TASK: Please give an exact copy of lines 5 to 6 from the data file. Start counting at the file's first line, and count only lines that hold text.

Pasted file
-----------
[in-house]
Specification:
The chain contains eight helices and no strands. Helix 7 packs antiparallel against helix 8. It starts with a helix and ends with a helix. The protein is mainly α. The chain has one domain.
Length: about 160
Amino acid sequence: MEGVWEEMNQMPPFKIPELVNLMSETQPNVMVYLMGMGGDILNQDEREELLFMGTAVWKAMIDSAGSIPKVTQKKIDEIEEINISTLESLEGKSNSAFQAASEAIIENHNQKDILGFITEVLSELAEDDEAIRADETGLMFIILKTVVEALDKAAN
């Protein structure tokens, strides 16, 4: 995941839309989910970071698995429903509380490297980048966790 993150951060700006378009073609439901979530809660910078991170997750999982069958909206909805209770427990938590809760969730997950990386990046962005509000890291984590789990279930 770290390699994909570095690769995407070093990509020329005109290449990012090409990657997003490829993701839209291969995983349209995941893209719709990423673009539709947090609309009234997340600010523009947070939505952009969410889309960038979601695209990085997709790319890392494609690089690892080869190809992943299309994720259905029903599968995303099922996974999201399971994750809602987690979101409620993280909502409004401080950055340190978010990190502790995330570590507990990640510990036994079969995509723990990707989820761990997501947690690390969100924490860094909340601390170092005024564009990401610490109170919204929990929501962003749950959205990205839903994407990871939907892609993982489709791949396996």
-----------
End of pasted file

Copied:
Amino acid sequence: MEGVWEEMNQMPPFKIPELVNLMSETQPNVMVYLMGMGGDILNQDEREELLFMGTAVWKAMIDSAGSIPKVTQKKIDEIEEINISTLESLEGKSNSAFQAASEAIIENHNQKDILGFITEVLSELAEDDEAIRADETGLMFIILKTVVEALDKAAN
């Protein structure tokens, strides 16, 4: 995941839309989910970071698995429903509380490297980048966790 993150951060700006378009073609439901979530809660910078991170997750999982069958909206909805209770427990938590809760969730997950990386990046962005509000890291984590789990279930 770290390699994909570095690769995407070093990509020329005109290449990012090409990657997003490829993701839209291969995983349209995941893209719709990423673009539709947090609309009234997340600010523009947070939505952009969410889309960038979601695209990085997709790319890392494609690089690892080869190809992943299309994720259905029903599968995303099922996974999201399971994750809602987690979101409620993280909502409004401080950055340190978010990190502790995330570590507990990640510990036994079969995509723990990707989820761990997501947690690390969100924490860094909340601390170092005024564009990401610490109170919204929990929501962003749950959205990205839903994407990871939907892609993982489709791949396996």